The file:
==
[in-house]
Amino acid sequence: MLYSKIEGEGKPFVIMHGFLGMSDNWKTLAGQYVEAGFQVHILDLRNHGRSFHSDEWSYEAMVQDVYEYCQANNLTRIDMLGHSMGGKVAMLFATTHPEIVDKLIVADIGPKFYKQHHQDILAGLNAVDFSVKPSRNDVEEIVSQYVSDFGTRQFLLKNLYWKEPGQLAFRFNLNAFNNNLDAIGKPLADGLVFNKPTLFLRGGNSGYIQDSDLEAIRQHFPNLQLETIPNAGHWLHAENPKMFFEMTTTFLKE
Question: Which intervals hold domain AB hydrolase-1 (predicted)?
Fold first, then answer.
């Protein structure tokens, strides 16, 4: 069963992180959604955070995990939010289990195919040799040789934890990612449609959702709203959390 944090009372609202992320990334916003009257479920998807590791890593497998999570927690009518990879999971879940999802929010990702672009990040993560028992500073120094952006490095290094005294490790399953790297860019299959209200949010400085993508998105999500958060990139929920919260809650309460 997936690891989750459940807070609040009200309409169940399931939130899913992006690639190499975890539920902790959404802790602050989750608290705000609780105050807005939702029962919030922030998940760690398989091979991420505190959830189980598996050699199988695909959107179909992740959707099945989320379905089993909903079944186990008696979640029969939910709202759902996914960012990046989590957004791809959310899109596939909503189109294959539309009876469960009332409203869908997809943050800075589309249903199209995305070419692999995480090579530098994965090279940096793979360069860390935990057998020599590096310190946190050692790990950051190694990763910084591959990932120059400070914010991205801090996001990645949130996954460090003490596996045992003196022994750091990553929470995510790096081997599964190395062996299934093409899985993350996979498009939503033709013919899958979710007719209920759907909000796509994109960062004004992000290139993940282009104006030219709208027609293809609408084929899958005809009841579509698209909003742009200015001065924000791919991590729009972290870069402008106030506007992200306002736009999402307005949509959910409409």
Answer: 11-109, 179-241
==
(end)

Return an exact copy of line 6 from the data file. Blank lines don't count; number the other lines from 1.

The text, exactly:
Answer: 11-109, 179-241